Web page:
Beverly Gor, Ed.D., is committed to bringing awareness to the health needs of Asian-Americans and Pacific-Islanders (AAPI), a commonly overlooked population in Houston.
Through Children And Neighbors Defeat Obesity (CAN DO Houston) and the Asian-American Health Coalition (AAHC), Gor is passionate about educating and improving the health of this vast group of people.
Awareness will be at the forefront of the Biennial Symposium on Minorities, the Medically Underserved and Health Equity, June 26-July 1 at the Hilton Americas-Houston Hotel.
The symposium will feature the 10th annual summer workshop, "Disparities in America: Working Towards Social Justice."
Gor says the symposium will give AAPI health and cancer issues national attention and bring awareness to the specific needs of AAPIs in Houston.
"Asian-Americans are a very diverse community," Gor says. "Although they are normally thought to be the same, they are culturally and linguistically different, which complicates addressing the disparities in this population."
Gor says one of the hardest barriers to overcome is the difference in languages.
"There isn't a common language like there is with Hispanics," Gor says. "Which makes it harder for them to get access to care and health equity to address cancer needs."
According to Census 2010, Asian-American and Pacific-Islander populations grew faster than any other racial/ethnic group in the United States.
A community in need
With those numbers in mind, Gor co-founded the Asian-American Health Coalition in 1994 and the HOPE Clinic in 2002.
Through these organizations, the goal is to improve the lives of Asian-Americans by reducing chronic disease and cancer risk through community health education and by providing primary health care services.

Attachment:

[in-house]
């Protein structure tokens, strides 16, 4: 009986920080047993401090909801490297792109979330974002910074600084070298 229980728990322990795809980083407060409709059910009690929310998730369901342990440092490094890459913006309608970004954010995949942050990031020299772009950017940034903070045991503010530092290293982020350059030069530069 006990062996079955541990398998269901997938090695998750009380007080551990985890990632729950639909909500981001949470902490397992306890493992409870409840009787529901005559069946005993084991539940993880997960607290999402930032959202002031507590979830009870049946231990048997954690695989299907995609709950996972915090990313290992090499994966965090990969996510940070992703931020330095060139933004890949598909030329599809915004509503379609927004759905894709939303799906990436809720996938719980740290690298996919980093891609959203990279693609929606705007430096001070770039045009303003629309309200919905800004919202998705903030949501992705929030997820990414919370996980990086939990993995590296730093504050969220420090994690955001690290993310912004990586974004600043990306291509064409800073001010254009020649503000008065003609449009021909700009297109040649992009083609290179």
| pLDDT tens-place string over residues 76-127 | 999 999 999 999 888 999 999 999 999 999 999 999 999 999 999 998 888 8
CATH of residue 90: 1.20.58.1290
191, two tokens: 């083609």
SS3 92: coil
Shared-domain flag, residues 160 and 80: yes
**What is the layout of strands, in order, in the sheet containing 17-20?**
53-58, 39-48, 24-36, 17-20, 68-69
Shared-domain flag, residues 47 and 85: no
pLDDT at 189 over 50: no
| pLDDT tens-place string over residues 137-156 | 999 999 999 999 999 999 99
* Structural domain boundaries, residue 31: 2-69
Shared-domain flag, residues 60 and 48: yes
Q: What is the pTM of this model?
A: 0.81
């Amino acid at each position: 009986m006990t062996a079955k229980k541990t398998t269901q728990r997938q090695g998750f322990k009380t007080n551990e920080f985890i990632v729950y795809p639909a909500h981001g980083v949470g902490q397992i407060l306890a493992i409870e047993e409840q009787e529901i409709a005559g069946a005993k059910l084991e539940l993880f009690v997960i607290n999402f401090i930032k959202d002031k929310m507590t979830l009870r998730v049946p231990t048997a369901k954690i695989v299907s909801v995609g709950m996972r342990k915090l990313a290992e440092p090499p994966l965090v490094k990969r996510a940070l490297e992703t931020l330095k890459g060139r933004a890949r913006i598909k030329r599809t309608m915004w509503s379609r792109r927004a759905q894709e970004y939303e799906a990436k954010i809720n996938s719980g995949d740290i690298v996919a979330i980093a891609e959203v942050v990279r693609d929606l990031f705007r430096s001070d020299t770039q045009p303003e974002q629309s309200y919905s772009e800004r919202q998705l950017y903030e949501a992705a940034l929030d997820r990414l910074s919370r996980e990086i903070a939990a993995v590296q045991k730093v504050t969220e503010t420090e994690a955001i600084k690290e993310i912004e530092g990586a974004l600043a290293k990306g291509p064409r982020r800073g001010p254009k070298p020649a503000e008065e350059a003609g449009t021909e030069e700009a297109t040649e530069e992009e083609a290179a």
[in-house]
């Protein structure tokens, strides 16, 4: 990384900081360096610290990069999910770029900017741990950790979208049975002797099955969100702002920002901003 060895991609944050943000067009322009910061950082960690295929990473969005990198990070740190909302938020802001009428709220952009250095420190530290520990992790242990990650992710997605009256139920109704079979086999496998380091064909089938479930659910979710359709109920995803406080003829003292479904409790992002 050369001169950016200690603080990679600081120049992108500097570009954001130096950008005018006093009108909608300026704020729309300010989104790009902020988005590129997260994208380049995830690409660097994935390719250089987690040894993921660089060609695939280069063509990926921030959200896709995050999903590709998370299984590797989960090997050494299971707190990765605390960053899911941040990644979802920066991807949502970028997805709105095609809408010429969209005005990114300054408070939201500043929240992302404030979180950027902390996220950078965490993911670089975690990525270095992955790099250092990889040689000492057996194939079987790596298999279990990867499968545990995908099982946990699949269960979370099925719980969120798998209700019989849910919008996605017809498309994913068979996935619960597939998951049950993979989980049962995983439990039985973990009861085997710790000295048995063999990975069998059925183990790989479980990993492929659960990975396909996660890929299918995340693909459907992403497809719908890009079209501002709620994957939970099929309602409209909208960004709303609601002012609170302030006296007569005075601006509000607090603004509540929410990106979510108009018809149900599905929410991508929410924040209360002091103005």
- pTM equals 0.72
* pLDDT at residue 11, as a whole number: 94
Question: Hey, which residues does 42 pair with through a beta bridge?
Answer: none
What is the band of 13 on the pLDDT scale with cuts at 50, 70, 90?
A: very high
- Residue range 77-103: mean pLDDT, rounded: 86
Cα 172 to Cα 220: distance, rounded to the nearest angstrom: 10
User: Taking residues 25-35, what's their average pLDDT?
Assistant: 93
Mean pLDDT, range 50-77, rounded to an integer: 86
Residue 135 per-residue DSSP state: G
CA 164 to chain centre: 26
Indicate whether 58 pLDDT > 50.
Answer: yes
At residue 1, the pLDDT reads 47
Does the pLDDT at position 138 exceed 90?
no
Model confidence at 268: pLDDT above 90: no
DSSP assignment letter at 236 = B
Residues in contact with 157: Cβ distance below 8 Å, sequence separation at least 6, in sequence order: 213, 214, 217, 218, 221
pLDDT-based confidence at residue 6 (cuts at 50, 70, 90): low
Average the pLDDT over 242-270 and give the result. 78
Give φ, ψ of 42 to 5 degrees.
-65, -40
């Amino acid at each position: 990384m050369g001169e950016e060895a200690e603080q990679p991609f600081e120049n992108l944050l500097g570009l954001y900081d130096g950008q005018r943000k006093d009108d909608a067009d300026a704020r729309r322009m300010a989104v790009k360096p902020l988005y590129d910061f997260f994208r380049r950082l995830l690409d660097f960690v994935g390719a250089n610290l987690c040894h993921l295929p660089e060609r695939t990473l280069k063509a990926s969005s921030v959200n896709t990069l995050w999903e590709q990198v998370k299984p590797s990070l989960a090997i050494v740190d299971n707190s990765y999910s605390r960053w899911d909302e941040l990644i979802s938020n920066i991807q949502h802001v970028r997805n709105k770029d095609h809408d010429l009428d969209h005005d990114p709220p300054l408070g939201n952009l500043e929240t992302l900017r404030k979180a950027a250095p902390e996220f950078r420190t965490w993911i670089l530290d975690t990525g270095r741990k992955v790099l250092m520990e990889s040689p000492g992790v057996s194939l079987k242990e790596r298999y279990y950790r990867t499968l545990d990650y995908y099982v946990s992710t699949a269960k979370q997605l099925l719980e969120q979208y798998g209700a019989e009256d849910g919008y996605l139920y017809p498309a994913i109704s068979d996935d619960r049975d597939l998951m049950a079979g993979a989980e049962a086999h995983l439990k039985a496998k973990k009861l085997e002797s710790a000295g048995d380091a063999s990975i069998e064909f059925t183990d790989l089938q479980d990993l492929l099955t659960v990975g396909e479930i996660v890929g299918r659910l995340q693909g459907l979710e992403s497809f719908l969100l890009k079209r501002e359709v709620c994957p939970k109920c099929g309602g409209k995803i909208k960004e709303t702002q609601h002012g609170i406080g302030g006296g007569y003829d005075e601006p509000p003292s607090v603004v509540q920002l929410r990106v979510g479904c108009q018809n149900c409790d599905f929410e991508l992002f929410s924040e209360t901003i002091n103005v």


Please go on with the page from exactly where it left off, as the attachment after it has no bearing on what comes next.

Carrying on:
"We saw a major need in our community," Gor says. "The HOPE Clinic is a culturally and linguistically appropriate health care facility that needed to be formed. News of the clinic spread and more people started coming to the clinic."
However, Gor says she still notices a lot of Asian individuals are not accessing care in a timely manner.
"Prevention is not a familiar concept to many immigrant Asian-Americans," Gor says. "If they don't feel bad and don't have any symptoms, they don't go to the doctor, resulting in late detection and complications with the disease."
Gor says that most immigrants come from a background where food is less accessible and affordable.
"In America, many Asian-Americans overindulge, resulting in obesity, cancer, diabetes and other health concerns.
"We're almost fighting a cultural perspective on what is a healthy diet and an appropriate body weight. We are tailoring our health education and interventions to encourage Asian-Americans to adopt healthier lifestyles by recommending that they retain their cultural eating habits while still enjoying the bounty in America."